Speaker 3: 02:18 So what we would do and what we would use the national guard for is for that, that protection around, uh, physical structures around, uh, buildings. Uh, they could also if necessary, use the use to accompany and provide protection to fire, to fire trucks and ambulances. But what this does is allows us to, to free up, uh, police officers and deputy sheriffs, local law enforcement to go out and be of assistance to, to address any, uh, acts of vandalism or any criminal activity that we, we might witness like we saw in downtown San Diego on occasion, like we saw in Lamesa on Saturday, like we've seen at the County administrative center. And I think it's important to stress that we were well aware that the overwhelming majority of people are, that are protesting, are angry and frustrated and are peaceful. And we want to facilitate those peaceful demonstrations or expressions, their first amendment rights. We understand that we, we feel it. Law enforcement trust me is up as upset as a lot of citizens are about what we saw in Minneapolis. It's there there's no excuse for it, but by using the national guard to protect infrastructure that frees up our deputies to keep those, uh, demonstrations peaceful and allow us to address any, uh, detractors in the group that would create criminal activity.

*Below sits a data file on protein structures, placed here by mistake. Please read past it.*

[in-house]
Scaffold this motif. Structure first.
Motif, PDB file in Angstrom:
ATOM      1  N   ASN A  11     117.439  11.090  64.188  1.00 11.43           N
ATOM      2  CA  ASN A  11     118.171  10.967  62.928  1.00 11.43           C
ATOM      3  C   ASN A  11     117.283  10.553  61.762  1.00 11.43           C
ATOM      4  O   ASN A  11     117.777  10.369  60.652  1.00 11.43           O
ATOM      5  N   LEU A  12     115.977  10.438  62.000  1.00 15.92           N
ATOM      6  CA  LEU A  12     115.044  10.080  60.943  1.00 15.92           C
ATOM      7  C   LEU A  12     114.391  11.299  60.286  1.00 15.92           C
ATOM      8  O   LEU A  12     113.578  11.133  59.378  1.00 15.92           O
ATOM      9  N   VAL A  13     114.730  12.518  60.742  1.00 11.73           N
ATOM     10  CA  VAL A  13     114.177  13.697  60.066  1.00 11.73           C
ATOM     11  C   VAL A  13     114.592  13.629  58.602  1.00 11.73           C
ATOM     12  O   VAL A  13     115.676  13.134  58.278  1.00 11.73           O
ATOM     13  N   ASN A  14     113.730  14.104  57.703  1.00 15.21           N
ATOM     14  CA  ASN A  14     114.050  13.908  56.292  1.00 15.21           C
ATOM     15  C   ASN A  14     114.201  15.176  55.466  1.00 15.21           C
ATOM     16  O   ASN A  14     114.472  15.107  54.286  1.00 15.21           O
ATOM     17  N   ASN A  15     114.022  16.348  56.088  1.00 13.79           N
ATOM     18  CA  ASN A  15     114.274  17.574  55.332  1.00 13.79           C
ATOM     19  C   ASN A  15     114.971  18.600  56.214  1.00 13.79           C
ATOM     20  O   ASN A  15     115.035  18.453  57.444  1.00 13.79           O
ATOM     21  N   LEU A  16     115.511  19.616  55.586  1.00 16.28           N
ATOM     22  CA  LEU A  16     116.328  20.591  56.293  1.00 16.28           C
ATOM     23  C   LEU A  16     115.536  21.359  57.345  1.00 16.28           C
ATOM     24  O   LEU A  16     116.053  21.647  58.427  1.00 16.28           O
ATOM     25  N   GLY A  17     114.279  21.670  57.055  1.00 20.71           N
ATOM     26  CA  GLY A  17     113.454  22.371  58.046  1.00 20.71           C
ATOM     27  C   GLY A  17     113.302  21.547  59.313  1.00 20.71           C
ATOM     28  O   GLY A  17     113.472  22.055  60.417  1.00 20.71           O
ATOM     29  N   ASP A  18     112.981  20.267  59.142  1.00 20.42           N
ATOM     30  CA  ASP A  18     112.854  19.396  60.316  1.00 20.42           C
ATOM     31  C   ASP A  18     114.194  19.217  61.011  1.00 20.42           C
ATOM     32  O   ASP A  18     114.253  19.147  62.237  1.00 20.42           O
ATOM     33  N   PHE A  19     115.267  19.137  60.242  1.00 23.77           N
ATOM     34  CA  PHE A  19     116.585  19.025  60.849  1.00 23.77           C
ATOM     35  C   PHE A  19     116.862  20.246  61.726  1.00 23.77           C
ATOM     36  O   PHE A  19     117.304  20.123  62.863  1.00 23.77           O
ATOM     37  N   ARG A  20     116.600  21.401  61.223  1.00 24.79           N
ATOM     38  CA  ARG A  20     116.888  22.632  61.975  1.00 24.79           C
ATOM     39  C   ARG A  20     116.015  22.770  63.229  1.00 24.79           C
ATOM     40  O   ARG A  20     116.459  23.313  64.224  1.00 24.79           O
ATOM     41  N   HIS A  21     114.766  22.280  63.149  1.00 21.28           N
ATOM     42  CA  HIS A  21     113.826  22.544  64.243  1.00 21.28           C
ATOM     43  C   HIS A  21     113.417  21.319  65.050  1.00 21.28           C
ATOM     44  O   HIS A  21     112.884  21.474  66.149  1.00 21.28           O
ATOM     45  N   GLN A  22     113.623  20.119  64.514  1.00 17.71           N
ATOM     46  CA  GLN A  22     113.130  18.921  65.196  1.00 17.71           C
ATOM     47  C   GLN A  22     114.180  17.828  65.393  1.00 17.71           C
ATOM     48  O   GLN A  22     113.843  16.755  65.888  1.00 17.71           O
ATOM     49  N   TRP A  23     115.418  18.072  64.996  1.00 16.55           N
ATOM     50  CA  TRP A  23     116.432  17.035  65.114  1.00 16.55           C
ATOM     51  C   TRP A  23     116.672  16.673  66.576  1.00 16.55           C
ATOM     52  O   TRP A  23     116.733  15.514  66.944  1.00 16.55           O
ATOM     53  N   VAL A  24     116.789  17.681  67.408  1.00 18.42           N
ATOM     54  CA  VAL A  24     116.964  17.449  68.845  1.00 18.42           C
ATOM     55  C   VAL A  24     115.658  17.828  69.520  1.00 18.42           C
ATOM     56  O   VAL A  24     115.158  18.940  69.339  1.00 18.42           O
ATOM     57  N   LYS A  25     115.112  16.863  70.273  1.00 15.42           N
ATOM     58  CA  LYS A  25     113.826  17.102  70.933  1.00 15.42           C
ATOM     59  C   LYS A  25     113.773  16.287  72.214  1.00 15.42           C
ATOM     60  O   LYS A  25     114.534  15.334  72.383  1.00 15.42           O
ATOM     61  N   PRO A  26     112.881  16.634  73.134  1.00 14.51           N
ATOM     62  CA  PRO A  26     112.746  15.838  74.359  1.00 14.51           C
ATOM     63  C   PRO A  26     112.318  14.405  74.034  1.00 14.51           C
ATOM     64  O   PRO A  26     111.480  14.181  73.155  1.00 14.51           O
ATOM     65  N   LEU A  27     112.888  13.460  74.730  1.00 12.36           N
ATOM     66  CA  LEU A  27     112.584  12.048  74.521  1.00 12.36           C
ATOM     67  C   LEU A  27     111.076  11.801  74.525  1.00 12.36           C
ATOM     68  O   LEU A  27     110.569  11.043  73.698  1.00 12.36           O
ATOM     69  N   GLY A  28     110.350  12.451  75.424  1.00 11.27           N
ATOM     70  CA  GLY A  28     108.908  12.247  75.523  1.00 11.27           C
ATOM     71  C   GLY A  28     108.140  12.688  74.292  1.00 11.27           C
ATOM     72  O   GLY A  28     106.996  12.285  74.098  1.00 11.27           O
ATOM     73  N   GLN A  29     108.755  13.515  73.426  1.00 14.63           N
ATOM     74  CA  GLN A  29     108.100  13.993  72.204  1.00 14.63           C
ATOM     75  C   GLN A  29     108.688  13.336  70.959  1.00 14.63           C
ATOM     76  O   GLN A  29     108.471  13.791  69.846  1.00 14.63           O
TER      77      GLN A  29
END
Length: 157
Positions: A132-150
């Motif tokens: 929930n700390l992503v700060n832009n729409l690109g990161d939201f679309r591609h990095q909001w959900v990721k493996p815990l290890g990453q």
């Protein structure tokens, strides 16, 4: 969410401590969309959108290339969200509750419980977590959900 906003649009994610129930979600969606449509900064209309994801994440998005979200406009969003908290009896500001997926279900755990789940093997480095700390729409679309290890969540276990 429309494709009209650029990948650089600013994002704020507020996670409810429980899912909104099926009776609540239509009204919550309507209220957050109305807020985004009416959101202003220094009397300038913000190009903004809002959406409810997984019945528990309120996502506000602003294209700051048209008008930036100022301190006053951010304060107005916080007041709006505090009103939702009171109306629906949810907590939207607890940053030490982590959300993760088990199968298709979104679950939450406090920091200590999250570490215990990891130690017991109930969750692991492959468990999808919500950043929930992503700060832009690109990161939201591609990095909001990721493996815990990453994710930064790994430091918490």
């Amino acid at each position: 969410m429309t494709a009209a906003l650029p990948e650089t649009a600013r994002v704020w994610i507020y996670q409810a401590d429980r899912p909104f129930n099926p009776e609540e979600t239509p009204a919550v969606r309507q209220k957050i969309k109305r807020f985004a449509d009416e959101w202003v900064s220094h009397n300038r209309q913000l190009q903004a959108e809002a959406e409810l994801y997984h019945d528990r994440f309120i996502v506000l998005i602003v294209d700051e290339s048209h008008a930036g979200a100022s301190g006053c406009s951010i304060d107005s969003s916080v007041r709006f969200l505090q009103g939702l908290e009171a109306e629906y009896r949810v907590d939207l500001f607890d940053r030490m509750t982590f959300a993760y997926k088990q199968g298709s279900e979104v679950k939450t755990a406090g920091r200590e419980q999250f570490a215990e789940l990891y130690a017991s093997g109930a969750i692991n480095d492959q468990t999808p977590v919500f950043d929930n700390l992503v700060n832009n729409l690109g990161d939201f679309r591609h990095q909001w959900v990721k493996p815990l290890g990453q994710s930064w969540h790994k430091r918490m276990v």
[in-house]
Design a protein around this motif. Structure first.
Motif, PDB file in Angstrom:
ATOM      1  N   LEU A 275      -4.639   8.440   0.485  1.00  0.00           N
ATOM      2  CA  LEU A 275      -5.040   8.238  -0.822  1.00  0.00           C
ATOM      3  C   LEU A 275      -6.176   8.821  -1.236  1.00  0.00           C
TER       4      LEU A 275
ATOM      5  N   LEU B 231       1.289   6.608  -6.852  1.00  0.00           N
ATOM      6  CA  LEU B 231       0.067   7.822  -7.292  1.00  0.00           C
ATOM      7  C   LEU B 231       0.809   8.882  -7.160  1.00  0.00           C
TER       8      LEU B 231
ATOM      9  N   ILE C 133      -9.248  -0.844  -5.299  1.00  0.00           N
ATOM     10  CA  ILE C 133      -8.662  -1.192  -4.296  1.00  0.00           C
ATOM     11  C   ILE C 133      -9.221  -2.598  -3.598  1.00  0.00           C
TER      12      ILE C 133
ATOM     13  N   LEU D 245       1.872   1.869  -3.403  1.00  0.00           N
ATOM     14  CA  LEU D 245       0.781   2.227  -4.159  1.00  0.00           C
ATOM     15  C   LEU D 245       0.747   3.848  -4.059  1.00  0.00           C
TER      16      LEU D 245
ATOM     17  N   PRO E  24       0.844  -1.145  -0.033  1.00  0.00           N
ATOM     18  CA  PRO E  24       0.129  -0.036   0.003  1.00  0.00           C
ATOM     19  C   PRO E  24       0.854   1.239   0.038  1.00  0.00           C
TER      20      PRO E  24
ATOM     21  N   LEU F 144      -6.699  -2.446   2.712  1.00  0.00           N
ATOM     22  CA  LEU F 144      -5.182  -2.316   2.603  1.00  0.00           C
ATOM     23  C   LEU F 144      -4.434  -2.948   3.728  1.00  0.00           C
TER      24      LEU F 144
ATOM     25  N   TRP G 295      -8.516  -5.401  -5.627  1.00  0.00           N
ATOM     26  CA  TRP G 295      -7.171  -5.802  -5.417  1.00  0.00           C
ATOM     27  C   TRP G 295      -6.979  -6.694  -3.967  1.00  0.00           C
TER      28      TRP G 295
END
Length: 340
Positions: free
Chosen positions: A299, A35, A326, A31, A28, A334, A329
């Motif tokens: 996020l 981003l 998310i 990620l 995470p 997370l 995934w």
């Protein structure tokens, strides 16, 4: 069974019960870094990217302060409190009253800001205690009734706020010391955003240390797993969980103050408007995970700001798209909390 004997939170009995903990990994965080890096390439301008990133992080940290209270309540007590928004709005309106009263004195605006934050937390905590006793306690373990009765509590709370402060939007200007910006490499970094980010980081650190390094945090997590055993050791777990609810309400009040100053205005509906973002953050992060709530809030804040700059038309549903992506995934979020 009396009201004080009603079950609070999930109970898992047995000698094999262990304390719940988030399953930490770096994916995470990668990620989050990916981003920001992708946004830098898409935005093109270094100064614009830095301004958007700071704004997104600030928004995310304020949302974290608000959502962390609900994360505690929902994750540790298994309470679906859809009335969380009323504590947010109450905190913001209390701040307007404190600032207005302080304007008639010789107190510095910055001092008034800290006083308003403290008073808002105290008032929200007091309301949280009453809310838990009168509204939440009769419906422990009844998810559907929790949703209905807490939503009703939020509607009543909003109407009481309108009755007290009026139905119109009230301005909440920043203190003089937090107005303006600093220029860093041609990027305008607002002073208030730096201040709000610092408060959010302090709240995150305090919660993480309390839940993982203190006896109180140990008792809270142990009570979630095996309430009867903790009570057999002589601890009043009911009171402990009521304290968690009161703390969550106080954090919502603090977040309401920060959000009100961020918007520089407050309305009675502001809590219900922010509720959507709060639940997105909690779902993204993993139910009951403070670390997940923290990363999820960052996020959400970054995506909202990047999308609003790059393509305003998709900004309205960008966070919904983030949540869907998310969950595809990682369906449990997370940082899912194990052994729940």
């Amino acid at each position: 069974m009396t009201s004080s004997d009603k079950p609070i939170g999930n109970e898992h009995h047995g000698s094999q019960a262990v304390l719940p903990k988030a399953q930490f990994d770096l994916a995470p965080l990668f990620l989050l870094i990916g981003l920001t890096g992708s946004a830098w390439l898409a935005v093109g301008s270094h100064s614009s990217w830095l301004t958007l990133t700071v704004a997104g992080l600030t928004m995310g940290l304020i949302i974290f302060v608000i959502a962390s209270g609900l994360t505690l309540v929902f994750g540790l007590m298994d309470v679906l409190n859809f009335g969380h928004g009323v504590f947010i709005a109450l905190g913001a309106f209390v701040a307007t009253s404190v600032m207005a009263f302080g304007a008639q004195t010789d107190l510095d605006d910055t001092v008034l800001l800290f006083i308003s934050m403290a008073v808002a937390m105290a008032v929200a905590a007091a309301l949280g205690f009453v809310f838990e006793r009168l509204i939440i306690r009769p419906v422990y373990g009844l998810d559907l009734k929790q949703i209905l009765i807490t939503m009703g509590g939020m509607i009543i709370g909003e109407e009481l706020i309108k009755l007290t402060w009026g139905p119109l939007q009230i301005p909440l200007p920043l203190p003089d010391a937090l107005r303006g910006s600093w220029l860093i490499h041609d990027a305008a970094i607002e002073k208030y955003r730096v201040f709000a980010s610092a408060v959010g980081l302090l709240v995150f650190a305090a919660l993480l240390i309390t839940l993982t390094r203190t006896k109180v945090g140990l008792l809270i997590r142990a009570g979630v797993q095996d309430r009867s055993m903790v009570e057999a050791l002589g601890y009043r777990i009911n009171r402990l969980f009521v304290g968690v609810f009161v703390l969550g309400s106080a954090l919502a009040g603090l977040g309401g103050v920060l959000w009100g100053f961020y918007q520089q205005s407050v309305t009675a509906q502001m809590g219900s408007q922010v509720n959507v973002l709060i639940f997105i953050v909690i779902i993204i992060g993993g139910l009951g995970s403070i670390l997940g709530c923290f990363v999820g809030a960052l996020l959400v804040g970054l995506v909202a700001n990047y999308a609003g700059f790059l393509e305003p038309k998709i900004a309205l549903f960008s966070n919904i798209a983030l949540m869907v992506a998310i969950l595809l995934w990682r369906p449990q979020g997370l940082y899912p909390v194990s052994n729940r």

Speaker 2: 03:45 Now, besides Lamesa, where will the troops be deployed in San Diego
Speaker 3: 03:50 in anticipation of maybe some activity this weekend? We would probably have some national guard just stationed in the perimeter around the County administrator center. But I don't know, there might not be any demonstrations down there. Yeah. I would love it if they never had to be deployed. I truly believe it's better to have the resources to protect our communities and protect the peaceful demonstrators and have those resource available, uh, in case we need them.
Speaker 2: 04:18 Are you concerned though that the presence of the national guard could escalate tensions?
Speaker 3: 04:24 No, I, I, I don't see that happening. We've had the national guard here in the 2003 and 2007 fires. These are the, these are your neighbors. These are doctors, lawyers, the citizen soldiers, if you, as you will, that are part of the national guard that they're coming to to help us in our community, to keep these demonstrations peaceful and protect life and property.
Speaker 2: 04:47 You reversed your stand on the use of the carotid restraint shortly after defending that use. What caused the change in 24 hours to